51147 Köln, fr
Large antenna testing just got easier
Antennas continue to grow in size and frequency range, placing increasing demands on traditional antenna testing sites. It is difficult and expensive to build dedicated test sites or move large antenna farms and reflector mesh antennas to those sites. The test sites are also now required to accommodate increasingly large pieces of test equipment.
In response to this, Astrium GmbH, supported by ESA's Advanced Research in Telecommunication Systems (ARTES) programme, has come up with an entirely new approach. If you cannot bring the antenna to the test site, or your site is not big enough, then take the testing equipment to the antenna.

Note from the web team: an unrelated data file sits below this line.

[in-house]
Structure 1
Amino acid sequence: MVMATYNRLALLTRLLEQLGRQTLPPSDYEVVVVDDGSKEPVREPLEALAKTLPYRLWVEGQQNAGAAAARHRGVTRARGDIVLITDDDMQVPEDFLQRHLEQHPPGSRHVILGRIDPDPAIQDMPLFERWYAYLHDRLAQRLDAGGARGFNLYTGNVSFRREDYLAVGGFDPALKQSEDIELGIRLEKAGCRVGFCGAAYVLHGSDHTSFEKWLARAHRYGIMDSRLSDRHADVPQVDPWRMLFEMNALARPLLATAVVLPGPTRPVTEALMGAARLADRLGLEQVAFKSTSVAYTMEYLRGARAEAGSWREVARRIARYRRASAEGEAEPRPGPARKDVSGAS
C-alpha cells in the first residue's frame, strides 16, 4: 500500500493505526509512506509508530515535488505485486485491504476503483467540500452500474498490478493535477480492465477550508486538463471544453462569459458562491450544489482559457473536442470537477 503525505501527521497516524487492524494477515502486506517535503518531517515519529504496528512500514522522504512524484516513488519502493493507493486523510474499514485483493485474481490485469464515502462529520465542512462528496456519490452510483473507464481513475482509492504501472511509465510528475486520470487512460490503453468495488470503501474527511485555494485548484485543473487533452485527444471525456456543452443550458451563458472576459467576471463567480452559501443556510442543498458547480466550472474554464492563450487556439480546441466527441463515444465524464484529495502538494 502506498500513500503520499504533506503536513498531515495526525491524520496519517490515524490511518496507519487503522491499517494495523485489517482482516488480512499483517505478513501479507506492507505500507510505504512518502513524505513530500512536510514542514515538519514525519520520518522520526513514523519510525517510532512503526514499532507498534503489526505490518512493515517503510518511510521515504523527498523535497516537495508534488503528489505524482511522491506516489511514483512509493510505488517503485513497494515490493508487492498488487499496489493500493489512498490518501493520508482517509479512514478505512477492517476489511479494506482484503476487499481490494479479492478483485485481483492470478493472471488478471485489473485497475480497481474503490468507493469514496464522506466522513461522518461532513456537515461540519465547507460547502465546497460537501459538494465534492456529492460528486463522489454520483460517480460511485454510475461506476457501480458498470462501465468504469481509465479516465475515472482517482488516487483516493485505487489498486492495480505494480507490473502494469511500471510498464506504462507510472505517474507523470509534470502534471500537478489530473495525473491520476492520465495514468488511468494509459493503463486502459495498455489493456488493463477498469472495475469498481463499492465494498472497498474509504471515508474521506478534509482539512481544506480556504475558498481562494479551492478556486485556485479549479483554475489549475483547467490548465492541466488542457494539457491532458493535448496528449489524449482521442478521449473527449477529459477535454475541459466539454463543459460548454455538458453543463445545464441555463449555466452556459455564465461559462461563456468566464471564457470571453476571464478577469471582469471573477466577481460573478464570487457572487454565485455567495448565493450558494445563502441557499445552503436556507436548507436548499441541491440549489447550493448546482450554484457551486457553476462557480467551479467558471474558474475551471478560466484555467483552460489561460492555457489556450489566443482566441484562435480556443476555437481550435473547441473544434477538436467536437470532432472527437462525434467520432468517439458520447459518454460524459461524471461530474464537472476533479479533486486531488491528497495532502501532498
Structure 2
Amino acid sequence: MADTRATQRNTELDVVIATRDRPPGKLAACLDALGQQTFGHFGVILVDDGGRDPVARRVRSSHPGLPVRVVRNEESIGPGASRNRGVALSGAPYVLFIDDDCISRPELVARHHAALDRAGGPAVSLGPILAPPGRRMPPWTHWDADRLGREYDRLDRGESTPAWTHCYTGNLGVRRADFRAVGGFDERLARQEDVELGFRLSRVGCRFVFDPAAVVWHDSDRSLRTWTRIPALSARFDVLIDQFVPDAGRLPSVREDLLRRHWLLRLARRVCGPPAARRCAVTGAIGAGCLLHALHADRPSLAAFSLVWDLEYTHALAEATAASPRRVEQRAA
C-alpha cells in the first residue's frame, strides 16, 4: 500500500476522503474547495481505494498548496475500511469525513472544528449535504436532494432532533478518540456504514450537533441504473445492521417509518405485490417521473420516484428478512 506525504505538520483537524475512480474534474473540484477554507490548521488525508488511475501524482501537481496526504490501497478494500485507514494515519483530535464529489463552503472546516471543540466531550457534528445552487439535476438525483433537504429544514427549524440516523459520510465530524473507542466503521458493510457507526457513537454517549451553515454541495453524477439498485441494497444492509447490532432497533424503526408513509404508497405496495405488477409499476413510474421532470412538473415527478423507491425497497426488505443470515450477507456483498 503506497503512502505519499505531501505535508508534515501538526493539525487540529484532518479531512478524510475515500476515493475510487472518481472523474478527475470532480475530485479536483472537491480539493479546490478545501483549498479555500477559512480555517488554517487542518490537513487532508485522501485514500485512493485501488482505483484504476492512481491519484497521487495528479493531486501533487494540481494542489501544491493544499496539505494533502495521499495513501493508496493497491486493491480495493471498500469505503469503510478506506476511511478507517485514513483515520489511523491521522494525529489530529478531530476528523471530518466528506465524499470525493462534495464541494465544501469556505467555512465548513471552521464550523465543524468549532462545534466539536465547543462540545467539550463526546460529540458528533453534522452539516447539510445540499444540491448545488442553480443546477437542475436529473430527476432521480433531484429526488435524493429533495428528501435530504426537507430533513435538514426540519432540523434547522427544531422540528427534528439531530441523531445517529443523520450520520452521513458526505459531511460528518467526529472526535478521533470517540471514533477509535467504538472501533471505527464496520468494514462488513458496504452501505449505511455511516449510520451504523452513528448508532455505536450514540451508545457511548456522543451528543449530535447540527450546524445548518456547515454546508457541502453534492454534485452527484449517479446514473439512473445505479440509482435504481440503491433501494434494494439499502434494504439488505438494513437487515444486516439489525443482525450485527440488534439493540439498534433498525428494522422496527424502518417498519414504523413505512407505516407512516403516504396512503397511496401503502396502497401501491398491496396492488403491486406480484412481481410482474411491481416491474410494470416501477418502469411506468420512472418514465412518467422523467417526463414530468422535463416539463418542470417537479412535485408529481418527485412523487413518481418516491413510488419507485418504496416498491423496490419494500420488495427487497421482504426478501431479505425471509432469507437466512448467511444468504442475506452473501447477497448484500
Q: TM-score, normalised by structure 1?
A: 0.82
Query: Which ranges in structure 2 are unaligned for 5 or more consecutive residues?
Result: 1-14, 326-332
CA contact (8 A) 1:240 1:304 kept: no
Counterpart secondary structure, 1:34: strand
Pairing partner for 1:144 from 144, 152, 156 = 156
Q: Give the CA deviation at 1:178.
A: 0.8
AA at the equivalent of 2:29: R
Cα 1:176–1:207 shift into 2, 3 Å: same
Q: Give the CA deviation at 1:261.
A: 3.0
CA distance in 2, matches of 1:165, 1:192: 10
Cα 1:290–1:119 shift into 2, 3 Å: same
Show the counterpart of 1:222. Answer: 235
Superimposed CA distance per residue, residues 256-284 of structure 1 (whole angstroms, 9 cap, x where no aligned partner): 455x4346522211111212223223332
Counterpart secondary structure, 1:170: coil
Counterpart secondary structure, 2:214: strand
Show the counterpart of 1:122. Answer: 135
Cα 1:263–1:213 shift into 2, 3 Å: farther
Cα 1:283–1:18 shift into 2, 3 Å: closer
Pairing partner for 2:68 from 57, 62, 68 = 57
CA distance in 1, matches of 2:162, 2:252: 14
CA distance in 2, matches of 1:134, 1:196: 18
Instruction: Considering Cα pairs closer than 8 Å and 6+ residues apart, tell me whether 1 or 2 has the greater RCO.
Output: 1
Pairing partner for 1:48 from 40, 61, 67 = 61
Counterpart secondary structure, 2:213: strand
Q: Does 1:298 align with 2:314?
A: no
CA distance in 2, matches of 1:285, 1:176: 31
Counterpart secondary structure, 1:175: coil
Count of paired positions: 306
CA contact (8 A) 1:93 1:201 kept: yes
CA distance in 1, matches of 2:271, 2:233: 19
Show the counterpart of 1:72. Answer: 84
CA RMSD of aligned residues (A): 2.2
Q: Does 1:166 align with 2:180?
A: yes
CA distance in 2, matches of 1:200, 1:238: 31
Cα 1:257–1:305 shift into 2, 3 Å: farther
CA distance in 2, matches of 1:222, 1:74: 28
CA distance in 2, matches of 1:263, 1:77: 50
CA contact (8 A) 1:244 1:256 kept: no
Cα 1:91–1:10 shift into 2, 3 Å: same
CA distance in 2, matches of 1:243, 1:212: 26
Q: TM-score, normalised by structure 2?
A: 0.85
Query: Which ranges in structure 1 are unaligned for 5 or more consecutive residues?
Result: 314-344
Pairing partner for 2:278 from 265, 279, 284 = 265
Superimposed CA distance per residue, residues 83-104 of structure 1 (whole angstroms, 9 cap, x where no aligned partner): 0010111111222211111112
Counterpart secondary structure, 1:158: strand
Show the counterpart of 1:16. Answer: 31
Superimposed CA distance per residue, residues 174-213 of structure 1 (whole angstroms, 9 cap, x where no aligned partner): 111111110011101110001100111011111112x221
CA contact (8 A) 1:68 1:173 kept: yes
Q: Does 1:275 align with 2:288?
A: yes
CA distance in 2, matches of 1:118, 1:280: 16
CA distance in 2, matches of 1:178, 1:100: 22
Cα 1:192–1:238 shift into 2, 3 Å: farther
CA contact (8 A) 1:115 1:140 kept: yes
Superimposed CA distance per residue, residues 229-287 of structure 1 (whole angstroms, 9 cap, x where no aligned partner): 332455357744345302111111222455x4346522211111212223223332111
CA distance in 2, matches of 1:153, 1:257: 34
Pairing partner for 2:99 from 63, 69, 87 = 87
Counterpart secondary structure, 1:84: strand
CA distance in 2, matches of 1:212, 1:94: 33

The result is the Portable Antenna Measurement System, or PAMS, which takes the form of a gondola suspended from the existing cranes within a satellite or antenna assembly hall. It takes about eight hours to set up and around two hours to dismantle.
The crane and gondola approach transforms existing facilities into a ground-breaking antenna measurement system with a range of features that meets the current and future needs of the stringent requirements of the satcom sector. The flexible system could also be used for verifying antenna performance during manufacture or even at launch sites during satellite assembly and testing.
The current prototype will be put to work in a demonstration facility at the Astrium Antenna Test Centre in Munich, Germany.
Massimiliano Simeoni, ESA’s Payload Engineer, explained, “PAMS is a landmark in near-field antenna measurement. With this new system, the market has a solution to many of the major logistical difficulties for antenna testing and verification.”
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